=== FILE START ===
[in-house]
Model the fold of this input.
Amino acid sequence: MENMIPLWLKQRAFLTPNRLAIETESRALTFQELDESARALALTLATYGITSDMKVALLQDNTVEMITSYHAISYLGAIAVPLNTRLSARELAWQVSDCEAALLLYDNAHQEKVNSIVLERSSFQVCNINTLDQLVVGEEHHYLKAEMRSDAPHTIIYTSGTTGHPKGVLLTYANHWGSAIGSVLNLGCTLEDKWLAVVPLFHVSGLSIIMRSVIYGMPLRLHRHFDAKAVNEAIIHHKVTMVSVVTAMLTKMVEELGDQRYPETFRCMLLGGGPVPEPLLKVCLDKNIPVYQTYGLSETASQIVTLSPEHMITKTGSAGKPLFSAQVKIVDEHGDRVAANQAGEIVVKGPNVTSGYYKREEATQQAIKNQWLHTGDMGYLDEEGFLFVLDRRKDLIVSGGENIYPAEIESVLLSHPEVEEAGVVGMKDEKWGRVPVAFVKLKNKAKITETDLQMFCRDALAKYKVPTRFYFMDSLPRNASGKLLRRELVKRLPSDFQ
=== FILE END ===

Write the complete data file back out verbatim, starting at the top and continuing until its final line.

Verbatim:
[in-house]
Model the fold of this input.
Amino acid sequence: MENMIPLWLKQRAFLTPNRLAIETESRALTFQELDESARALALTLATYGITSDMKVALLQDNTVEMITSYHAISYLGAIAVPLNTRLSARELAWQVSDCEAALLLYDNAHQEKVNSIVLERSSFQVCNINTLDQLVVGEEHHYLKAEMRSDAPHTIIYTSGTTGHPKGVLLTYANHWGSAIGSVLNLGCTLEDKWLAVVPLFHVSGLSIIMRSVIYGMPLRLHRHFDAKAVNEAIIHHKVTMVSVVTAMLTKMVEELGDQRYPETFRCMLLGGGPVPEPLLKVCLDKNIPVYQTYGLSETASQIVTLSPEHMITKTGSAGKPLFSAQVKIVDEHGDRVAANQAGEIVVKGPNVTSGYYKREEATQQAIKNQWLHTGDMGYLDEEGFLFVLDRRKDLIVSGGENIYPAEIESVLLSHPEVEEAGVVGMKDEKWGRVPVAFVKLKNKAKITETDLQMFCRDALAKYKVPTRFYFMDSLPRNASGKLLRRELVKRLPSDFQ